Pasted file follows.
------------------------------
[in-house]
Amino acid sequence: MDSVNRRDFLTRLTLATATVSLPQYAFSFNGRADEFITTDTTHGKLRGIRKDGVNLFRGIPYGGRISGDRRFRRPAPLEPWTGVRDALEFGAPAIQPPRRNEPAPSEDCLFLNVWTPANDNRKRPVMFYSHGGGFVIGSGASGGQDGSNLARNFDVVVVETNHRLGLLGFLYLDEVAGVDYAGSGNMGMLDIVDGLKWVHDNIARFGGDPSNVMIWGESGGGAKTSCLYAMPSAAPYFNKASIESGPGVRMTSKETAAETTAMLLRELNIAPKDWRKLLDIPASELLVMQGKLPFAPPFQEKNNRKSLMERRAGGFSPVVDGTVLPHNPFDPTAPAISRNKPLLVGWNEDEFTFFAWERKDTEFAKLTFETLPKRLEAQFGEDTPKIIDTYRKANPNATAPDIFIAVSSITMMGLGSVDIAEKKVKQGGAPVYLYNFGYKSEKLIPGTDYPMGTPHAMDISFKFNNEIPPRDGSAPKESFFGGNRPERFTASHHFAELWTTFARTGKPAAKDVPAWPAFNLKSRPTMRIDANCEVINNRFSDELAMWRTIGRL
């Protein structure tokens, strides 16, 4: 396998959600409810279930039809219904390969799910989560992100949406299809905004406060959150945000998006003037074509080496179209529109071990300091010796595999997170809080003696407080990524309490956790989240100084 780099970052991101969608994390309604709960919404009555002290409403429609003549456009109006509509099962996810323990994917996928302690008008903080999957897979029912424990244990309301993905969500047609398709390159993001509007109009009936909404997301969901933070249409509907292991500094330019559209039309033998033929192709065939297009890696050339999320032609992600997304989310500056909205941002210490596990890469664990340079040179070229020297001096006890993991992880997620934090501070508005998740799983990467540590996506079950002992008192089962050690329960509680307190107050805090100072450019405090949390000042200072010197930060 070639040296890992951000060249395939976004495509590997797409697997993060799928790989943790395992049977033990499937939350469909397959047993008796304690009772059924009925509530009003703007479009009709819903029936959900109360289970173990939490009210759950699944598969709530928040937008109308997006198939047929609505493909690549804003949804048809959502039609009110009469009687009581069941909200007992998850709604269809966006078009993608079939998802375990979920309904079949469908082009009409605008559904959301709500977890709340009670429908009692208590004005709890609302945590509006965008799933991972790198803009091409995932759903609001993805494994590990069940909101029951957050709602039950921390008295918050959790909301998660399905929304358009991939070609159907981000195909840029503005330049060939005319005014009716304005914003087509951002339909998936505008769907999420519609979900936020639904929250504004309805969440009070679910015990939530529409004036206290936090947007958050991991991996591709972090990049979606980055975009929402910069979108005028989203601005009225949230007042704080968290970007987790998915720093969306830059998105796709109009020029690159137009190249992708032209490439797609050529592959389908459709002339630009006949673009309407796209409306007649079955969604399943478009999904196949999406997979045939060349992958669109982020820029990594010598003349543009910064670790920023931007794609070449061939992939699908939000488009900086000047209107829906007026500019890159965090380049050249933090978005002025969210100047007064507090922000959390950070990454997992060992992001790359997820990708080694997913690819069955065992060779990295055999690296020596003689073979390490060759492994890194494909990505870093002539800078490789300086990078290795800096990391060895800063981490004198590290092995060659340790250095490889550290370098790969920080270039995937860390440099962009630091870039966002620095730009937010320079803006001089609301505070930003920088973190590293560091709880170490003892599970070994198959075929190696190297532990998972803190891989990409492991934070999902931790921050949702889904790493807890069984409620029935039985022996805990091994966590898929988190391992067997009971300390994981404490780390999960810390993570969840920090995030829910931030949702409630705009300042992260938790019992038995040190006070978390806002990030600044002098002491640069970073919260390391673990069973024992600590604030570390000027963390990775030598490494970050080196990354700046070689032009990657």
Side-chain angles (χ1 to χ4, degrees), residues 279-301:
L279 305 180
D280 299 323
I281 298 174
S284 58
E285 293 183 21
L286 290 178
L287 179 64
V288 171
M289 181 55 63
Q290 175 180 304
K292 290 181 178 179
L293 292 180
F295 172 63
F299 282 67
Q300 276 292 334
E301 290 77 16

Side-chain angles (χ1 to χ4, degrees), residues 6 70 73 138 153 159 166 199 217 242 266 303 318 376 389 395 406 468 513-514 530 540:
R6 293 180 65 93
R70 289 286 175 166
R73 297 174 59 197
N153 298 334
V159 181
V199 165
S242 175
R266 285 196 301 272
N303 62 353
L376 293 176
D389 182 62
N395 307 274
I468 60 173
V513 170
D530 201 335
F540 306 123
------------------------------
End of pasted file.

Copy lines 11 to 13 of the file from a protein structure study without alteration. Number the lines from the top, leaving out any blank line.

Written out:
L287 179 64
V288 171
M289 181 55 63